Maybe Hades, being the “unseen” still applies to those in the presence of God - this Heaven/Hell sort of mixture, Heaven for some, and Hell for others. Not Hades as in this state or place of being in the underworld but being “unseen” in the presence of God, where as before it was being “unseen” in some other means.

But following the train of thought that the departed pass into the direct presence of God for torment unto bliss or bliss continuing. Then comes The Resurrection as it is expressed as an event, the consummation so to speak. Where the New Heaven and New Earth - The New Creation are made, and so there should be newly created bodies for the souls to inhabit.

These bodies first of all, would only magnify the Individuality, not imprison or contain it like the bodies of flesh. So having a body in this case would be more a blessing than being disembodied, as being disembodied from the flesh was more a blessing than struggling in it, even as having a body to begin with was a blessing. In other words; an ever increasing enfolding of blessedness with every passing forward.

Now, there would be perhaps three sorts of people, maybe four.

First; Those who are in the presence of God, and are righteous. These would continue their blissfulness in the Resurrection, with even more blessedness in the presence of the Lamb.

Second: Those who are in the presence of God, and are yet undergoing correction. These would be in their bodies, but they would still be in the fiery presence of the Lamb (The Lake of Fire?) and would continue their dying to self, and correction until they experience the same bliss as the First.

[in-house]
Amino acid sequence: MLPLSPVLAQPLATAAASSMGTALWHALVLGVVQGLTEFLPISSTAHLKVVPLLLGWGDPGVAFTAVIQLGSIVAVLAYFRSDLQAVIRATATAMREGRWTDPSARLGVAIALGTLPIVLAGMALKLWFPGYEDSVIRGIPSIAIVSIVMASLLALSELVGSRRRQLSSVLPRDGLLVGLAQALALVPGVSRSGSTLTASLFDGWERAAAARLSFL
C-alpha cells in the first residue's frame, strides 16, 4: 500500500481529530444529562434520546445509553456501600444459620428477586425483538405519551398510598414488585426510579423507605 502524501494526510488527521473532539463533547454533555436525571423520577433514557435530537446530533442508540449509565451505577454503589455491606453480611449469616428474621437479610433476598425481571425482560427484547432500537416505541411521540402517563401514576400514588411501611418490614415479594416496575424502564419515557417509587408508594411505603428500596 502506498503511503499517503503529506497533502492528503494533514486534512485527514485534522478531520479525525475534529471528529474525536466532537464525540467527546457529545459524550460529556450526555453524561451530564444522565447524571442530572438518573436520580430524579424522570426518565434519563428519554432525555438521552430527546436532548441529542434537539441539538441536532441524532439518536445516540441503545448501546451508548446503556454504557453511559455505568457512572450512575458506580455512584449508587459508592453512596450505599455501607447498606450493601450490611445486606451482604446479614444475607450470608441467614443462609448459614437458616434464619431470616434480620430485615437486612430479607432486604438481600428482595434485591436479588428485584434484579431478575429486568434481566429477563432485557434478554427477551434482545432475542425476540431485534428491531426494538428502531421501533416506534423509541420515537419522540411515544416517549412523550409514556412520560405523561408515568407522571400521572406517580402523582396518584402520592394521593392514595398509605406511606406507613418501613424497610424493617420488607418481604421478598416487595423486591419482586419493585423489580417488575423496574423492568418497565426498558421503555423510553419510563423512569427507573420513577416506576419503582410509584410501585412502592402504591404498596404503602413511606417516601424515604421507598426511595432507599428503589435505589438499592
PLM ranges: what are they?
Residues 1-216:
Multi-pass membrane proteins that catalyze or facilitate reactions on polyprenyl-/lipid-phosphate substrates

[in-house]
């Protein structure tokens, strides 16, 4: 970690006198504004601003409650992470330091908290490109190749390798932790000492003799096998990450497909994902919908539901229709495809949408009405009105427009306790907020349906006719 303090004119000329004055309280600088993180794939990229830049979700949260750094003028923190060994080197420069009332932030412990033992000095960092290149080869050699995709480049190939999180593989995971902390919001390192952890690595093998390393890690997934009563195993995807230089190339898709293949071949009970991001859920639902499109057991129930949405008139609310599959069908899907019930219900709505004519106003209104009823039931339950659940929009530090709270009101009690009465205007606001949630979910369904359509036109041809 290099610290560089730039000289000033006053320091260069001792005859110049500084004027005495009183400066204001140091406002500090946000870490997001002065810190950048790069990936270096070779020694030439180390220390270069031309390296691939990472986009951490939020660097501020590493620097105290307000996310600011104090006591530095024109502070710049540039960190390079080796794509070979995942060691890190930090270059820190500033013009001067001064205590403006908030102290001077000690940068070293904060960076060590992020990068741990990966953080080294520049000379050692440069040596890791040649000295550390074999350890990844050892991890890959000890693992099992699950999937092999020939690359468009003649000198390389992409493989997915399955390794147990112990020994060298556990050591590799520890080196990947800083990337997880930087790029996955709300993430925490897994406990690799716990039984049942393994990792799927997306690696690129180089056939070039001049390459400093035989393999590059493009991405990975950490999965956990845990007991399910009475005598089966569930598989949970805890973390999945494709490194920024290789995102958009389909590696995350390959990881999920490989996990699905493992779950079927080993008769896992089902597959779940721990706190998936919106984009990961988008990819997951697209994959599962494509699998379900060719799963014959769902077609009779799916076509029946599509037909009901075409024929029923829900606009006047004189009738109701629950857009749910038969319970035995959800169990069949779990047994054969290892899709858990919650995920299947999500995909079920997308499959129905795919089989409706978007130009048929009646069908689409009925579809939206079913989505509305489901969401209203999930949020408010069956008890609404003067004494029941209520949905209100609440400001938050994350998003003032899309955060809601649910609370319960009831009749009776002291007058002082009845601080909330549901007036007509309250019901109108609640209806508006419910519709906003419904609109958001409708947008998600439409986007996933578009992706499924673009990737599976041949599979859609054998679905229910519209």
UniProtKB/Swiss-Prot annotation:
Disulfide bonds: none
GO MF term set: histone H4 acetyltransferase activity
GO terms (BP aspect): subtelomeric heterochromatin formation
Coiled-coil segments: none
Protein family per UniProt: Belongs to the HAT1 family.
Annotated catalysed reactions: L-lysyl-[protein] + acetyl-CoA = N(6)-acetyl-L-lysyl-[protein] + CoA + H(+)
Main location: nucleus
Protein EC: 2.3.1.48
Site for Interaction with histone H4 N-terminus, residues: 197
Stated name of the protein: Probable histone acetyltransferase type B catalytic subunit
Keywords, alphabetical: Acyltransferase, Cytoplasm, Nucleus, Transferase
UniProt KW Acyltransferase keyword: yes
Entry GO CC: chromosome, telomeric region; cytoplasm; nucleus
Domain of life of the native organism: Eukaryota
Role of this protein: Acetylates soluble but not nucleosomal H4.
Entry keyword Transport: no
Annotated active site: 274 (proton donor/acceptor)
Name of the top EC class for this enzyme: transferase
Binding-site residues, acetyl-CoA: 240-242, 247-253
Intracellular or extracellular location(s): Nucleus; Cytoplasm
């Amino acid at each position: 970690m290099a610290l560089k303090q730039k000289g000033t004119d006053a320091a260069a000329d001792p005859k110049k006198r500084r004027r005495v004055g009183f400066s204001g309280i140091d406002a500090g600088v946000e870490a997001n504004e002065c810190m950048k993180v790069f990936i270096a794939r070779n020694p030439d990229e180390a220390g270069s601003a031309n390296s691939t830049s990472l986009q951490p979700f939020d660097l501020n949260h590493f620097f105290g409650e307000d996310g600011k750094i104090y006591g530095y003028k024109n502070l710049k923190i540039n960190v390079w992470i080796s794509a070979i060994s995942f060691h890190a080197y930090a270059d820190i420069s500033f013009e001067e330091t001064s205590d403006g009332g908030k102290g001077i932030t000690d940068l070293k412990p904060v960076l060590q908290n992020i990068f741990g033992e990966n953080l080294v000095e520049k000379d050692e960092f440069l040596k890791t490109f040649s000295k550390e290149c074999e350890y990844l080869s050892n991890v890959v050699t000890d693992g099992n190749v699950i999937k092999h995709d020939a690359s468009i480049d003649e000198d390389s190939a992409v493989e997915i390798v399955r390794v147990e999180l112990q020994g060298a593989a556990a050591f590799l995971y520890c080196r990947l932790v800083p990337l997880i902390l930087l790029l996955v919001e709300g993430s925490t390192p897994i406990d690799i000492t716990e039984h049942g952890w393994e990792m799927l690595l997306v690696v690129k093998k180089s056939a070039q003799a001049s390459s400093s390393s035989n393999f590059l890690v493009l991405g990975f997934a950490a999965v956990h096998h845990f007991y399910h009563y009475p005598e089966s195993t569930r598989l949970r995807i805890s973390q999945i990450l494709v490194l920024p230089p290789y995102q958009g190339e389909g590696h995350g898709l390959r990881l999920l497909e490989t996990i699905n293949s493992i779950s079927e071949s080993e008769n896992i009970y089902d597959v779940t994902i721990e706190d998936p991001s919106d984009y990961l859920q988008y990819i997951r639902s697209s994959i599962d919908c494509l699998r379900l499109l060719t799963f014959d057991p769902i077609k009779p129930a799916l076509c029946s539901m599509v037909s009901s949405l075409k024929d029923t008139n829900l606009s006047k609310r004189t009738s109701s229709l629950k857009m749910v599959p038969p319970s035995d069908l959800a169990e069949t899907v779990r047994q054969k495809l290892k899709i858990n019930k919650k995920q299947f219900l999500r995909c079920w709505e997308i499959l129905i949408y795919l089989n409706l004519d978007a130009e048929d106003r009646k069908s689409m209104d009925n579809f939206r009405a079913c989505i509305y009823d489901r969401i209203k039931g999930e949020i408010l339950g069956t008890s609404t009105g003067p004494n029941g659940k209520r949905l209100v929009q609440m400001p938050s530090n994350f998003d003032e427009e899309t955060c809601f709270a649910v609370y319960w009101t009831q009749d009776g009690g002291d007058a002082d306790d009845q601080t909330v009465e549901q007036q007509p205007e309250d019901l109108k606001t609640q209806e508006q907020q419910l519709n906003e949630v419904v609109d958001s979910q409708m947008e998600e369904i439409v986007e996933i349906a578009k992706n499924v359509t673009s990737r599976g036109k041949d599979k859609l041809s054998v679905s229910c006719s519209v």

Third: Those who died in the tumult before the New Creation, and were righteous. These would be like the First, but be sooner in their bodies. The individual being magnified and enjoying the presence of God and enjoying the New Creation.

Fourth: Those who died in the tumult before the New Creation, and were unrighteous. These would be like the Second, those who would be tossed embodied into the corrective presence of the Lamb, the fiery all consuming holiness of God for correction. The idolators, the whore-mongers, the murderers, the liars, the unbelieving, etc. Those who were like the Second, only passing into corrective judgement in their bodies sooner, but their correction in the presence of God would still take as long as it would be required for them to be made righteous and purified by the fire. So their bodies may not have as much relevance on how long or short their coming to righteousness and bliss would be. But maybe it would hasten it even. But that would ultimately just be another “good thing” as it is always better for someone to come quickly to repentance than to come slowly to it.

And then when all who are in the fiery presence of God; The Lamb have been redeemed and are blissful and the last sinner has been made a saint; then The Son shall give The Father his kingdom and God shall be all in all.

Notes: I lean towards the idea of God standing in front of Hades rather than “in”, and of course Hades and Death being annihilated in the presence of the Lamb as Death and Hades are overcome by Life in every way; ceasing to be properties or concepts in reality.

In summary, or at least summarising the relevant parts.